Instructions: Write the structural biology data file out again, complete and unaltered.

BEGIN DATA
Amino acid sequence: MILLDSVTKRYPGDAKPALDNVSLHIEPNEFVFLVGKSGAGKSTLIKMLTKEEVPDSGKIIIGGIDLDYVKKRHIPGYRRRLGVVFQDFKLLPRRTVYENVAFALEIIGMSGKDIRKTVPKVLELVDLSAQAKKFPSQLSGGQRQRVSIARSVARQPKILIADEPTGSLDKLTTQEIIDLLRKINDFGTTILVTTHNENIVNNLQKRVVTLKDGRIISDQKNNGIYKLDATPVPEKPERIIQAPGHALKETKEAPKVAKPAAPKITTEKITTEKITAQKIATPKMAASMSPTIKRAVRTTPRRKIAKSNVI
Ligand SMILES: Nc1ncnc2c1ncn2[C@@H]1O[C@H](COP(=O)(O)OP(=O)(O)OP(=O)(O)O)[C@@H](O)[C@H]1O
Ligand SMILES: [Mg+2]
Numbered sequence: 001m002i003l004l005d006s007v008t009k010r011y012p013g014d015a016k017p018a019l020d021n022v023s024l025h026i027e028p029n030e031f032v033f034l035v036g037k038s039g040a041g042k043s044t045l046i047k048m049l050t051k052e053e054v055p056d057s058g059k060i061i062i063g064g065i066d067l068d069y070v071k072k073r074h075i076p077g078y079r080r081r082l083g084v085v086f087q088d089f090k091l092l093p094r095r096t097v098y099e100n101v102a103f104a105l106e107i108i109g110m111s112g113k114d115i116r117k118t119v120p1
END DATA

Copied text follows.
Amino acid sequence: MILLDSVTKRYPGDAKPALDNVSLHIEPNEFVFLVGKSGAGKSTLIKMLTKEEVPDSGKIIIGGIDLDYVKKRHIPGYRRRLGVVFQDFKLLPRRTVYENVAFALEIIGMSGKDIRKTVPKVLELVDLSAQAKKFPSQLSGGQRQRVSIARSVARQPKILIADEPTGSLDKLTTQEIIDLLRKINDFGTTILVTTHNENIVNNLQKRVVTLKDGRIISDQKNNGIYKLDATPVPEKPERIIQAPGHALKETKEAPKVAKPAAPKITTEKITTEKITAQKIATPKMAASMSPTIKRAVRTTPRRKIAKSNVI
Ligand SMILES: Nc1ncnc2c1ncn2[C@@H]1O[C@H](COP(=O)(O)OP(=O)(O)OP(=O)(O)O)[C@@H](O)[C@H]1O
Ligand SMILES: [Mg+2]
Numbered sequence: 001m002i003l004l005d006s007v008t009k010r011y012p013g014d015a016k017p018a019l020d021n022v023s024l025h026i027e028p029n030e031f032v033f034l035v036g037k038s039g040a041g042k043s044t045l046i047k048m049l050t051k052e053e054v055p056d057s058g059k060i061i062i063g064g065i066d067l068d069y070v071k072k073r074h075i076p077g078y079r080r081r082l083g084v085v086f087q088d089f090k091l092l093p094r095r096t097v098y099e100n101v102a103f104a105l106e107i108i109g110m111s112g113k114d115i116r117k118t119v120p1